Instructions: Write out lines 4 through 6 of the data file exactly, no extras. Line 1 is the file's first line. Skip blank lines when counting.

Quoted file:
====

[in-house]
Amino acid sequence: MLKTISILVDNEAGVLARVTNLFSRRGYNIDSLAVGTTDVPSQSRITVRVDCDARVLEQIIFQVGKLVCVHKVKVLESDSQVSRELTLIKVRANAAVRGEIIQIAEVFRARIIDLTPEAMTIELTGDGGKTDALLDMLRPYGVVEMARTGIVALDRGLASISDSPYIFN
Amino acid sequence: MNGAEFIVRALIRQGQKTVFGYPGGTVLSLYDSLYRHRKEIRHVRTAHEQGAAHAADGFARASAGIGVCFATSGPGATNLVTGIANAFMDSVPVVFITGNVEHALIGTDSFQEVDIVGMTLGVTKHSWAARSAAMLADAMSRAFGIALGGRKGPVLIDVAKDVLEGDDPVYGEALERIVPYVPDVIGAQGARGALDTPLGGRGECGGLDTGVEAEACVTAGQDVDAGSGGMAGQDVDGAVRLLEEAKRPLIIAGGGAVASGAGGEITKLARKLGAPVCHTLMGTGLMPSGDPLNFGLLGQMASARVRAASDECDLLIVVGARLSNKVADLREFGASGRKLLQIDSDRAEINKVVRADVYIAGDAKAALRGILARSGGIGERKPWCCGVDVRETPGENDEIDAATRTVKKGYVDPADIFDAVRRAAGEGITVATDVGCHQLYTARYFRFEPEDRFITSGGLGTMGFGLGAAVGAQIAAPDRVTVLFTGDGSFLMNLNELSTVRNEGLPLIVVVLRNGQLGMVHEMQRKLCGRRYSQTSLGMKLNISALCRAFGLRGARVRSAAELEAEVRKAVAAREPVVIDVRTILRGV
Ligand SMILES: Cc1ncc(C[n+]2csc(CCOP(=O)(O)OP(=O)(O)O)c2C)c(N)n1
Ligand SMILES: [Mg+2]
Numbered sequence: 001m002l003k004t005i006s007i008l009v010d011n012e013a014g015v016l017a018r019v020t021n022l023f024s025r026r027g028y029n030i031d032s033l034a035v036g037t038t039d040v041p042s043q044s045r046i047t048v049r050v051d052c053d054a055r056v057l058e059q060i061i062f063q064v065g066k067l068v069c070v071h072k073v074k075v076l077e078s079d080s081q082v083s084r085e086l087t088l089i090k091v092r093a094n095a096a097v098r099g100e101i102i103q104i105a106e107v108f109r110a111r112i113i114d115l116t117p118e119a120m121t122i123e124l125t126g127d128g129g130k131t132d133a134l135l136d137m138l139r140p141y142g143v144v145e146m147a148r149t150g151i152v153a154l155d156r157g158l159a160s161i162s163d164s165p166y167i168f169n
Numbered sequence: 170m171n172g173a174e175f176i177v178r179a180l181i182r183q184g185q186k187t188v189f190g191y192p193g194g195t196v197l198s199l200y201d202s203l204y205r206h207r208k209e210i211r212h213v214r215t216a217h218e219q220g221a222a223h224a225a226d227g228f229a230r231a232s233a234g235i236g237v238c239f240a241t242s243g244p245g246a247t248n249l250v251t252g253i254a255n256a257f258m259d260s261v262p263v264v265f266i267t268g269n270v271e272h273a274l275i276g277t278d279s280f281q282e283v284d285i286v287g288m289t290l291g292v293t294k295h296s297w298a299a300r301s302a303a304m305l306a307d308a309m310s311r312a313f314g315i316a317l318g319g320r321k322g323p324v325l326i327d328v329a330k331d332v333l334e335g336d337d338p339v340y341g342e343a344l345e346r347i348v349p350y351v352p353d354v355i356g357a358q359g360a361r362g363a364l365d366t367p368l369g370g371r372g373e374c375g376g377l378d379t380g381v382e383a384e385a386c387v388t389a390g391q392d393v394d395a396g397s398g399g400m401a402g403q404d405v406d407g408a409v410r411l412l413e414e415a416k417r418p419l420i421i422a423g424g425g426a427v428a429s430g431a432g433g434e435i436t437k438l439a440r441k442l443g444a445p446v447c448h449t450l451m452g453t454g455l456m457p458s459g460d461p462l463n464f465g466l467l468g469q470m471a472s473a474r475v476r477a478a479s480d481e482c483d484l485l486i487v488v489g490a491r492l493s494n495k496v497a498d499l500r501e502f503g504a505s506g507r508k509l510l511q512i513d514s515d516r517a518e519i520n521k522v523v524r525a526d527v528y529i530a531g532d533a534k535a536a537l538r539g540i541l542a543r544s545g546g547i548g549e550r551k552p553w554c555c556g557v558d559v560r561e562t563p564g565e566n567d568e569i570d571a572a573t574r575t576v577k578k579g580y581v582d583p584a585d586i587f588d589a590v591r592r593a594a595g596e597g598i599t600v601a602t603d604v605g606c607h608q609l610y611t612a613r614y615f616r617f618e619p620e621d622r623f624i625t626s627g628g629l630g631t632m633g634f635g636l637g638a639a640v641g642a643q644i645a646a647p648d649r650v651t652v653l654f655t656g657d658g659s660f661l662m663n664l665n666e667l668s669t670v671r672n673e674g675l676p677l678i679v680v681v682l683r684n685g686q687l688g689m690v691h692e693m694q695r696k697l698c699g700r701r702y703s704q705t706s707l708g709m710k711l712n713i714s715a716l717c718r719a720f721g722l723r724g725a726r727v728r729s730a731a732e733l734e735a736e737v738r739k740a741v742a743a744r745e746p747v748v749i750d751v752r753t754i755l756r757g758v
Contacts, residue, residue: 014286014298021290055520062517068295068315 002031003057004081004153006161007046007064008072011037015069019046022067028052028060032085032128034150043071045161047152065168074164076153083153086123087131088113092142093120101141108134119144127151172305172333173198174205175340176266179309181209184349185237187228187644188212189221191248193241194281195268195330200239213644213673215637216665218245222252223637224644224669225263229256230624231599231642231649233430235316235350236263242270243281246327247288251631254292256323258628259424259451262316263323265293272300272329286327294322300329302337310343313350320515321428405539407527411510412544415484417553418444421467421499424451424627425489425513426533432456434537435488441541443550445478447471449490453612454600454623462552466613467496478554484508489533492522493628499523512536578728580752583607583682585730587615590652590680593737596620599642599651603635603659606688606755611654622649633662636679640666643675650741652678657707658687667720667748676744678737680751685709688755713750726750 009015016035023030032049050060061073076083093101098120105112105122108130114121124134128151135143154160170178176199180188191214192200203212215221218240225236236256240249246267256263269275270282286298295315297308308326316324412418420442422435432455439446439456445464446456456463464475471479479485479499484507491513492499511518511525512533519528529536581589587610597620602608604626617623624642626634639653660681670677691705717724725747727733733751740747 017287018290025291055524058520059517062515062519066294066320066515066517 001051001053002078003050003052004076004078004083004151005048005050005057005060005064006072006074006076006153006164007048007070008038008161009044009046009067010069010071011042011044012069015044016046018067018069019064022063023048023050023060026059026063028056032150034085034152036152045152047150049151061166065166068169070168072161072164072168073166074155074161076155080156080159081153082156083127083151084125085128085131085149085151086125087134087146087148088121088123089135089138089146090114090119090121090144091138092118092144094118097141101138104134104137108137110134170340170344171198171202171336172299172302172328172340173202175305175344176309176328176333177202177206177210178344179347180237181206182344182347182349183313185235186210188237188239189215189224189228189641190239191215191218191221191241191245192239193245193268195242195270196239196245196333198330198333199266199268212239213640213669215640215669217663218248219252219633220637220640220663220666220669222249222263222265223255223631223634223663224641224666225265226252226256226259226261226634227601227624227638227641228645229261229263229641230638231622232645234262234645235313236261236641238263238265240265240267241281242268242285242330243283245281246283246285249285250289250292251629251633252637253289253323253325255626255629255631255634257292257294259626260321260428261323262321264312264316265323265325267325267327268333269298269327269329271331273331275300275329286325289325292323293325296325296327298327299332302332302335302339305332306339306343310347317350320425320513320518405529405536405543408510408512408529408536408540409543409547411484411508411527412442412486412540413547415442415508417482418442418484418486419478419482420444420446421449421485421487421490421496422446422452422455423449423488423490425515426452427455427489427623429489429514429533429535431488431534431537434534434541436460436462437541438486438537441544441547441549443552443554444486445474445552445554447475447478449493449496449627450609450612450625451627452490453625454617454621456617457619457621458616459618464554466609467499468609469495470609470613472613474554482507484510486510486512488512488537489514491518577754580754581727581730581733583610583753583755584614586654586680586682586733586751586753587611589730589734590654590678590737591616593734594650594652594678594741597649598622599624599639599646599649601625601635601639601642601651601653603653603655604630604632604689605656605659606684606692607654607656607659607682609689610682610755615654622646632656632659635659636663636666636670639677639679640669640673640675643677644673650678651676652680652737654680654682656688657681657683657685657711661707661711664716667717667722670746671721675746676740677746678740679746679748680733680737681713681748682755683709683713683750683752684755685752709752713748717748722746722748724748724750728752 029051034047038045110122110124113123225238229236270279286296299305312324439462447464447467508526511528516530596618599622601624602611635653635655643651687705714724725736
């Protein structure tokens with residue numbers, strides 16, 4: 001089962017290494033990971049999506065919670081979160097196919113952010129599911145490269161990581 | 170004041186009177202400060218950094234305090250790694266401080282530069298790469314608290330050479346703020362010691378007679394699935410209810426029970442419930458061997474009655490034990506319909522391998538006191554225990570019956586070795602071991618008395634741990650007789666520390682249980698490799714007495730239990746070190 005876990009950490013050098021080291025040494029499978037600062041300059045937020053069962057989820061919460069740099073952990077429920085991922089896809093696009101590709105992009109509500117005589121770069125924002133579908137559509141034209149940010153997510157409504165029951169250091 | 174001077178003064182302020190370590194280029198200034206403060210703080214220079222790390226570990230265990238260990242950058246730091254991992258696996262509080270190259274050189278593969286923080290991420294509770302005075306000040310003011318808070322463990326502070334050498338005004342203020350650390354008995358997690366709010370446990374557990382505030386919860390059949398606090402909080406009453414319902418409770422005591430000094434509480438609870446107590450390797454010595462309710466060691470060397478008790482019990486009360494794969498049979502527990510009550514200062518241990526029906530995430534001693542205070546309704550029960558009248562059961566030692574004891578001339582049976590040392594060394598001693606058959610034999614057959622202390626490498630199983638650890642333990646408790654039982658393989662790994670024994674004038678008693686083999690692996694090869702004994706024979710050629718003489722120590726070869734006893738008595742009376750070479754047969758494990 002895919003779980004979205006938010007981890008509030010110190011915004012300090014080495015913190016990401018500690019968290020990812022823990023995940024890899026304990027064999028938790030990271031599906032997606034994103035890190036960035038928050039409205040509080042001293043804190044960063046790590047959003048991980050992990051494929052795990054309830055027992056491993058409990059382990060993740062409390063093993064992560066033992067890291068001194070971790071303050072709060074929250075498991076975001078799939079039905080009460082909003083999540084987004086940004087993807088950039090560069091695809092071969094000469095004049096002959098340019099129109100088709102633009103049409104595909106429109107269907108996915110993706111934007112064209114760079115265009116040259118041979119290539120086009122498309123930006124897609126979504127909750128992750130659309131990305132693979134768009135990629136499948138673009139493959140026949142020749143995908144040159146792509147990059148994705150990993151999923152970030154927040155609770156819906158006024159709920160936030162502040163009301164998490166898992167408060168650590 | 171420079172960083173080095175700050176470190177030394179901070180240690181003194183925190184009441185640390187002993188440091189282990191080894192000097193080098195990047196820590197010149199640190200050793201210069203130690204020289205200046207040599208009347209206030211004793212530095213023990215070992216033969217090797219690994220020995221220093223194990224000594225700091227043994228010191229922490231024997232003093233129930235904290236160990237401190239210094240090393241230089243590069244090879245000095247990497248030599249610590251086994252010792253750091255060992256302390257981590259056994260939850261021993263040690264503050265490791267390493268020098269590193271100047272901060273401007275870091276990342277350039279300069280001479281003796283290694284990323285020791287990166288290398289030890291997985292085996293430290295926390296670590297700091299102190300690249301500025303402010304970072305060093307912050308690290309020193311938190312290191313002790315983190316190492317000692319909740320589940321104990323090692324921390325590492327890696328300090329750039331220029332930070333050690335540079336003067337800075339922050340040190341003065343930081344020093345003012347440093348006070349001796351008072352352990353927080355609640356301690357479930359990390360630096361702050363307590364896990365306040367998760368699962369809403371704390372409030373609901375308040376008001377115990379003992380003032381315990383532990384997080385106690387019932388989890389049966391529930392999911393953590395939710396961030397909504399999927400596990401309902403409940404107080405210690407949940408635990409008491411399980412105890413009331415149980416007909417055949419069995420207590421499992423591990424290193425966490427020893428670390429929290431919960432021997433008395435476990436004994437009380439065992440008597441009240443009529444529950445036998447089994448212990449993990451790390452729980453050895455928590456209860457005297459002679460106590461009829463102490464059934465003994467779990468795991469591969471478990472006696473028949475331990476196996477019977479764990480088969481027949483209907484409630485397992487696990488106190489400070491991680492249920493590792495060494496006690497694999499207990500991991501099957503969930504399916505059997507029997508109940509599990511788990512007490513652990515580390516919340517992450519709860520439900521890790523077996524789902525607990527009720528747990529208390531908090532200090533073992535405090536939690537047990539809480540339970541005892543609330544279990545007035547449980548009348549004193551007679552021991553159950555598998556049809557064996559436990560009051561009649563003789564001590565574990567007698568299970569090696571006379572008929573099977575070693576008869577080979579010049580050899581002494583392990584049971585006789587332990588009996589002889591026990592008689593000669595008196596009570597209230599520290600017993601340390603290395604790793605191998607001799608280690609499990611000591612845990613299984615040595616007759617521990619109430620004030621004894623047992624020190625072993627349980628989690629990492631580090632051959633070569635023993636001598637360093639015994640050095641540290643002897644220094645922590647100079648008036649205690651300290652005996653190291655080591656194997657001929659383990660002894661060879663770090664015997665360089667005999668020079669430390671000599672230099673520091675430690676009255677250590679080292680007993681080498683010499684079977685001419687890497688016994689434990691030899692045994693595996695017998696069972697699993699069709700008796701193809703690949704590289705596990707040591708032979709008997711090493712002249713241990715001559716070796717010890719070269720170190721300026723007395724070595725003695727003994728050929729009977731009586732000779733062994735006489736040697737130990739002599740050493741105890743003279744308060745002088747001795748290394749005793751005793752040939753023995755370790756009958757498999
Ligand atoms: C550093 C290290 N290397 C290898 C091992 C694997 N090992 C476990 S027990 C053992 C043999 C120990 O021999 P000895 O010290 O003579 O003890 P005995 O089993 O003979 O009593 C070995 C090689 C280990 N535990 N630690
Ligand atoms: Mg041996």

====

Ligand SMILES: Cc1ncc(C[n+]2csc(CCOP(=O)(O)OP(=O)(O)O)c2C)c(N)n1
Ligand SMILES: [Mg+2]
Numbered sequence: 001m002l003k004t005i006s007i008l009v010d011n012e013a014g015v016l017a018r019v020t021n022l023f024s025r026r027g028y029n030i031d032s033l034a035v036g037t038t039d040v041p042s043q044s045r046i047t048v049r050v051d052c053d054a055r056v057l058e059q060i061i062f063q064v065g066k067l068v069c070v071h072k073v074k075v076l077e078s079d080s081q082v083s084r085e086l087t088l089i090k091v092r093a094n095a096a097v098r099g100e101i102i103q104i105a106e107v108f109r110a111r112i113i114d115l116t117p118e119a120m121t122i123e124l125t126g127d128g129g130k131t132d133a134l135l136d137m138l139r140p141y142g143v144v145e146m147a148r149t150g151i152v153a154l155d156r157g158l159a160s161i162s163d164s165p166y167i168f169n